CrimProf Blog

Editor: Kevin Cole
Univ. of San Diego School of Law

Monday, December 3, 2007

SCOTUS Takes a Right to Counsel Case

Court_front_med From The Supreme Court agreed on Monday to further clarify when a suspect taken into custody by police has a right to a lawyer. The question is whether that right sets in when an individual has been taken before a magistrate, who finds reason to believe a crime has been committed and sends the individual to jail, or whether it only ataches when a prosecutor prepares to or makes a charge.

The new right-to-counsel case, Rothgery v. Gillespie County, Texas (07-440), the Justices will hear, with oral argument likely in March, involves a Fredericksburg, Texas, man, Walter Allen Rothgery, who sought but was denied the aid of an attorney when he appeared before a magistrate at a probable cause hearing. The magistrate found probable cause to support a charge that Rothgery was a felon who had a gun; Rothgery was sent to jail. He was released on bond, but rearrested later after a grand jury indicted him. Once he obtained a lawyer, the charges were dismissed; the felony allegation against him turned out to have been an error because charges against him in California had been dismissed.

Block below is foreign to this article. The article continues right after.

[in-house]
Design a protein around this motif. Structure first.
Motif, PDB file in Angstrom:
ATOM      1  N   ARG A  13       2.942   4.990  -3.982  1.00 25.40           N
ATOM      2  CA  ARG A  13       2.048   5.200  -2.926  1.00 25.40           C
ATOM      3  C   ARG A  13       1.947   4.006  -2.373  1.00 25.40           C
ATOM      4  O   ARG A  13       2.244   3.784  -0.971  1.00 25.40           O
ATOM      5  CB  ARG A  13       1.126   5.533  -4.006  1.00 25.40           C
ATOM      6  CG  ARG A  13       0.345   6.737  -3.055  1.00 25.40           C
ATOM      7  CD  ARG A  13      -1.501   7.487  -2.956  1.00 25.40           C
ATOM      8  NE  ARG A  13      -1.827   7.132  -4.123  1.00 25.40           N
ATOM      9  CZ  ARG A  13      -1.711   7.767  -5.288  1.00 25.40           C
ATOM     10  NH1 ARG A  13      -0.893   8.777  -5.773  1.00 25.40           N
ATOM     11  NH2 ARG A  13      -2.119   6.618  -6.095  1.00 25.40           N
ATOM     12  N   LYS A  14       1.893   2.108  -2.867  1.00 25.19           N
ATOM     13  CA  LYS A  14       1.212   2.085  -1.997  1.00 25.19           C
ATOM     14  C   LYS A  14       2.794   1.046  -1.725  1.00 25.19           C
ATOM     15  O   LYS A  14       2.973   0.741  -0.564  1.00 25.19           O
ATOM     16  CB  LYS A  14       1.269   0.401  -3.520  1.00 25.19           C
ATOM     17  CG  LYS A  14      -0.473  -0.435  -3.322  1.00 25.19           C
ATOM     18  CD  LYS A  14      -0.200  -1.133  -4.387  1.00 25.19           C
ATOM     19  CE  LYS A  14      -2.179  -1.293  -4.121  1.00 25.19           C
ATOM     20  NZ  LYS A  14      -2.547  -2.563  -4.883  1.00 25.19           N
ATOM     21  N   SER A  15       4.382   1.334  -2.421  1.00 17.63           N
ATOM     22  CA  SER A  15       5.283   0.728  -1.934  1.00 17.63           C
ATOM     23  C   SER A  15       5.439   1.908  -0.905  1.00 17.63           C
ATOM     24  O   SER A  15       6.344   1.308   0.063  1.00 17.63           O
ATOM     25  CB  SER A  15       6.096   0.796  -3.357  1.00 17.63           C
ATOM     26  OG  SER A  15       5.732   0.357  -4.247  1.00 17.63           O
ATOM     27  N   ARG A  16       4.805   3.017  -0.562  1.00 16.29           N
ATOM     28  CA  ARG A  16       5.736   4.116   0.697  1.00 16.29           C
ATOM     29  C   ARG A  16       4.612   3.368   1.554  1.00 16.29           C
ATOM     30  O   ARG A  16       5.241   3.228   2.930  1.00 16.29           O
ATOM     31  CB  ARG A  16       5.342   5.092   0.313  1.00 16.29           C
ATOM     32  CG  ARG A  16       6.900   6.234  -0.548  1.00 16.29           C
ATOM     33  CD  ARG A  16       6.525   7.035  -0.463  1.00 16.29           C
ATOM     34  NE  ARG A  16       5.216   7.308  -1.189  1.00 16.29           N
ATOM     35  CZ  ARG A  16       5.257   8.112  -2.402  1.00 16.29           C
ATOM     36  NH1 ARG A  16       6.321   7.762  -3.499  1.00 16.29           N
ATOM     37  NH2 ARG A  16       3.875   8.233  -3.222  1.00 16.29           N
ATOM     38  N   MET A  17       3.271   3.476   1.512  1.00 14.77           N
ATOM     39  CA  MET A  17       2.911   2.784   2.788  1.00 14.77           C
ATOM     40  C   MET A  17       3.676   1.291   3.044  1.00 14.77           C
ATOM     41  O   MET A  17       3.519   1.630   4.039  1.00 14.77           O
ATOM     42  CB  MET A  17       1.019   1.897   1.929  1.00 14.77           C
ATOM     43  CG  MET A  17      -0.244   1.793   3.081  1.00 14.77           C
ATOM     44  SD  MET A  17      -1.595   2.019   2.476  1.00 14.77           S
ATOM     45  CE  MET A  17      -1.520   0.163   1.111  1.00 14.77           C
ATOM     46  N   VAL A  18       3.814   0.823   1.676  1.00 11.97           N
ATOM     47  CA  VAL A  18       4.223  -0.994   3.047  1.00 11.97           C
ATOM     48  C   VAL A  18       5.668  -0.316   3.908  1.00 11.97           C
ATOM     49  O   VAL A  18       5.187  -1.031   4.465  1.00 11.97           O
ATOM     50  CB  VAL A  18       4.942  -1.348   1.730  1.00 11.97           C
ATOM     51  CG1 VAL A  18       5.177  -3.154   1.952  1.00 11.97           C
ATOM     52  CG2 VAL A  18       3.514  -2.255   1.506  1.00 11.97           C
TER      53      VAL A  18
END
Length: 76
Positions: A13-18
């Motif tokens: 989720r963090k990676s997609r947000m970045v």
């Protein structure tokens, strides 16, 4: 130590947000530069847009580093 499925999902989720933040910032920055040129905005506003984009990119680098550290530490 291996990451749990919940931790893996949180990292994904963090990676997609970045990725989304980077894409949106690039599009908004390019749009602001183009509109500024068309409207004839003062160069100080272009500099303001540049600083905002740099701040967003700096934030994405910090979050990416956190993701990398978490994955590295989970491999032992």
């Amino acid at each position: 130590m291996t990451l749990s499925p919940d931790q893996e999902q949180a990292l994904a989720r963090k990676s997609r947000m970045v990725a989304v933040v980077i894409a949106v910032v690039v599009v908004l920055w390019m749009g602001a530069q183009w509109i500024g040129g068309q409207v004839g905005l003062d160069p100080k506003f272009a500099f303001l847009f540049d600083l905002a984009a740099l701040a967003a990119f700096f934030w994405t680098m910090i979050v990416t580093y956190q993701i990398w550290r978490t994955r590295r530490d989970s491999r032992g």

Rothgery sued the county in a civil rights lawsuit over the denial of a lawyer at the first hearing. The County opposed the lawsuit, contending that the right to counsel did not attach until he actually had been indicted — a claim ultimately upheld by the Fifth Circuit Court.  Rothgery’s appeal was supported by 22 law professors urging the Justices to clarify when the right to counsel attaches.

Rest of Article. . .[Mark Godsey]

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